The Brooklyn Bridge is one of the City's most iconic landmarks. How much do you know about it? Get started on becoming an expert with these fun facts (and watch the video above).
About 10,000 people walk across the Brooklyn Bridge each day.
The span features pedestrian and bike lanes. Be sure to stay in the correct one—your fellow bridge crossers will thank you.
The walk takes about 20 minutes.
Spend the time taking in views of New York Harbor, the Brooklyn and Manhattan skylines and the Statue of Liberty.
The span is nearly 6,000 feet long.
Bring your step counter, if you're into that kind of thing.
It opened in 1883.
Back in 1866, Brooklyn Bridge designer John Roebling oversaw the completion of the John A. Roebling Suspension Bridge from Cincinnati, Ohio, to Covington, Kentucky, which was sort of a test run. You can see the resemblance.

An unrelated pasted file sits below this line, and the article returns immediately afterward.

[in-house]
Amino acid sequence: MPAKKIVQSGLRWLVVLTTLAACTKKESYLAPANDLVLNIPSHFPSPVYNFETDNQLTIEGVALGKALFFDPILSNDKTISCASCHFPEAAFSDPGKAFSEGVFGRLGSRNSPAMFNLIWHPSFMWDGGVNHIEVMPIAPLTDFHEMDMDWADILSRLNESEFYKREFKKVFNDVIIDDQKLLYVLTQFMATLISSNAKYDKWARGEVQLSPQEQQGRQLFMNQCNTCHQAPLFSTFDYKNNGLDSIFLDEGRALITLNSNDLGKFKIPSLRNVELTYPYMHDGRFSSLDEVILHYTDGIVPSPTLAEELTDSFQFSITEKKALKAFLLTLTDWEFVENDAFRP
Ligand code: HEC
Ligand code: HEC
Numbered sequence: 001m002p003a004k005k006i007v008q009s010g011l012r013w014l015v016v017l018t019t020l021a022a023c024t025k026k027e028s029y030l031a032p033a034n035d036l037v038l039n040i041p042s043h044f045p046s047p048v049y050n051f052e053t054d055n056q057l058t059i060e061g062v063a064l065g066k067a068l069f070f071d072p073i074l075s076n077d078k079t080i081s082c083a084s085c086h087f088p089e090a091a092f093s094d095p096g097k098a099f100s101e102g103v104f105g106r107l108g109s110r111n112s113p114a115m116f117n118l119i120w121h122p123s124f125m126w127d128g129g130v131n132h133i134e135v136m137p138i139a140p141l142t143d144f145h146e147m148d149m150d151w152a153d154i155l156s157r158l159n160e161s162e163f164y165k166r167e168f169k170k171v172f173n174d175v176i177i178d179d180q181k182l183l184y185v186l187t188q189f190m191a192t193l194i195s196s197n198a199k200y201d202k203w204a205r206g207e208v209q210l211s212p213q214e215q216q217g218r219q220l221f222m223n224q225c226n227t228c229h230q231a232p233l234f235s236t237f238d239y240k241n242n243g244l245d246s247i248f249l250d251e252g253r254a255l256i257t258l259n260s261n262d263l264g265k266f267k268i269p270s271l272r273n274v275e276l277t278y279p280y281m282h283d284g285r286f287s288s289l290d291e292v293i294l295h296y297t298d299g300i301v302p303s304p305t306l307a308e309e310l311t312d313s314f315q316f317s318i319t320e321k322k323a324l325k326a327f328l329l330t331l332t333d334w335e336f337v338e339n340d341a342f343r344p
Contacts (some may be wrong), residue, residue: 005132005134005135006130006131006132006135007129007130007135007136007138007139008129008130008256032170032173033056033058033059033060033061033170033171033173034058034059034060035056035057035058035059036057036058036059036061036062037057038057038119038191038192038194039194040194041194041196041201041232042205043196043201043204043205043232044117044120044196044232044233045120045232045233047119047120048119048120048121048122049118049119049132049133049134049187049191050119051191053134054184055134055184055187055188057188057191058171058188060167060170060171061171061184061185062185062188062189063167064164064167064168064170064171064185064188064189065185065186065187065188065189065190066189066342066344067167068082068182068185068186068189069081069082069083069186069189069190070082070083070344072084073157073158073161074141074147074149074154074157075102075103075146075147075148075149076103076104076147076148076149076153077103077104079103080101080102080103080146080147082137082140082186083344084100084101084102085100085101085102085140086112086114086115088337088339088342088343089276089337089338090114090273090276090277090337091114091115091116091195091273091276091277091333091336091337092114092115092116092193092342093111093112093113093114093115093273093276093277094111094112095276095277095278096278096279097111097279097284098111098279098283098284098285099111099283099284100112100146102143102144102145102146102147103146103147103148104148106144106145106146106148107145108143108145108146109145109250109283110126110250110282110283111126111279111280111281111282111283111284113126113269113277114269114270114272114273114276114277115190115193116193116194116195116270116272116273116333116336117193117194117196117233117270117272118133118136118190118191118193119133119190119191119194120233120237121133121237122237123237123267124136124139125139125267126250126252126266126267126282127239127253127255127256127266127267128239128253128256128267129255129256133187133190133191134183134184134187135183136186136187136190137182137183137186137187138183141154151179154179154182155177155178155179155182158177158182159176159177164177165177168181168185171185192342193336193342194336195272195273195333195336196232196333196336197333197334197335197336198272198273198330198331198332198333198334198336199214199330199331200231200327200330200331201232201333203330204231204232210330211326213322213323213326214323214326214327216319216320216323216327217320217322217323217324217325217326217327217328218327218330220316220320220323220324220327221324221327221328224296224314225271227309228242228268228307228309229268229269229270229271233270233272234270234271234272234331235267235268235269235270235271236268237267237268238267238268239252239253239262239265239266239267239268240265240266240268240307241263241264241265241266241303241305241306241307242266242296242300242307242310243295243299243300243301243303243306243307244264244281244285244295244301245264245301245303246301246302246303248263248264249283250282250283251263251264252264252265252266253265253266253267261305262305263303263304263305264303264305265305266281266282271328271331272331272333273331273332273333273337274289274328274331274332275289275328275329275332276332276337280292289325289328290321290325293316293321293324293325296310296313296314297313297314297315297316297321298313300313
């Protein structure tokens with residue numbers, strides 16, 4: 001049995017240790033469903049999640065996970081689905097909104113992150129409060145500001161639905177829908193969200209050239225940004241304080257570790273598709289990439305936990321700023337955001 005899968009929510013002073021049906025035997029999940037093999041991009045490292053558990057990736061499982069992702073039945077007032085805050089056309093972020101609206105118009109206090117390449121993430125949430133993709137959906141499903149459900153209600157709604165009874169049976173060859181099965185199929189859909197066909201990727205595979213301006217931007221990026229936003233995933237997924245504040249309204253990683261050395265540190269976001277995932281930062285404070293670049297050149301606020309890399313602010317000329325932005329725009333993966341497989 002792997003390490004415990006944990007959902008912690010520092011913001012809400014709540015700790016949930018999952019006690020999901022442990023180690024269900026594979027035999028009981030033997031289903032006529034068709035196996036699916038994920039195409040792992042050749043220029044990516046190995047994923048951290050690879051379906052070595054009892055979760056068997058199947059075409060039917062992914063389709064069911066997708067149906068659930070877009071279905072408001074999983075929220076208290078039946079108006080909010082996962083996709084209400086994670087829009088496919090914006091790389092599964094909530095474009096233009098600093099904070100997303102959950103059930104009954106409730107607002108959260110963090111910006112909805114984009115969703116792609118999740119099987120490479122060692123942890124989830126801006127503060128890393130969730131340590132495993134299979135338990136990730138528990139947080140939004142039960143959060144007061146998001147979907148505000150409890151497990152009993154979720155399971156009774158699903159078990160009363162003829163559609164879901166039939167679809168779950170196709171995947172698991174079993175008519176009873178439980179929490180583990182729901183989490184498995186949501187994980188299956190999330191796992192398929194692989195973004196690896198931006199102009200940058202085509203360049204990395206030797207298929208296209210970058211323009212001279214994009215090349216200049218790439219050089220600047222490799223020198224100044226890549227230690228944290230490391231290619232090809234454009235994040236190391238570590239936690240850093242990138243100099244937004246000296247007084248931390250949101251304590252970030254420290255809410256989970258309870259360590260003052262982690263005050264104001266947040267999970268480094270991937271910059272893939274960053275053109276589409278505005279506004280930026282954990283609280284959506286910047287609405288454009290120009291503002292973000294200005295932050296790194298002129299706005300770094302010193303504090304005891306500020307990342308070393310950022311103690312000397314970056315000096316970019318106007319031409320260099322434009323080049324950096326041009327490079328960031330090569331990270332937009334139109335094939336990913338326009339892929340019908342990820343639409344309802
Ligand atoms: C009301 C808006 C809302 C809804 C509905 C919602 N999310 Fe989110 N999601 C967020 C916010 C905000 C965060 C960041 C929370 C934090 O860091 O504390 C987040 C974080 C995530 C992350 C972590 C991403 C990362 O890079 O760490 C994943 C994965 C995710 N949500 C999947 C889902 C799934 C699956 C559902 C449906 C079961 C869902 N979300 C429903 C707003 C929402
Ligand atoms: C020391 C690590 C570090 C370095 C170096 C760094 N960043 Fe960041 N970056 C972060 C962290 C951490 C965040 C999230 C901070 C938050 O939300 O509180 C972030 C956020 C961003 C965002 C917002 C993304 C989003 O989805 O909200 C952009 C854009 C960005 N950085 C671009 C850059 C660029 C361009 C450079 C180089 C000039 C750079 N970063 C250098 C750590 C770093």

At the time, it was the world's longest suspension bridge.
In 1903, it was surpassed by the Williamsburg Bridge. In 1964, after the title had changed hands a few more times (the George Washington Bridge held the designation at one point), NYC's Verrazano-Narrows Bridge became the world's longest. That's still the record in the United States, though Japan's Akash Kaikyo Bridge is the longest in the world.
It's still the most famous.
So you'll definitely want to see it. And once you do, you should check out the fun attractions on each side. Learn about some of them below, and check out this guide to the Brooklyn Bridge for even more info and ideas.
Here's some fun stuff near the Brooklyn Bridge.
Arts & Culture
The great legacy of infamous Tammany Hall leader William "Boss" Tweed (who used the building's construction to embezzle large sums of money from the city government), the Tweed Courthouse is a landmarked building and an architectural marvel.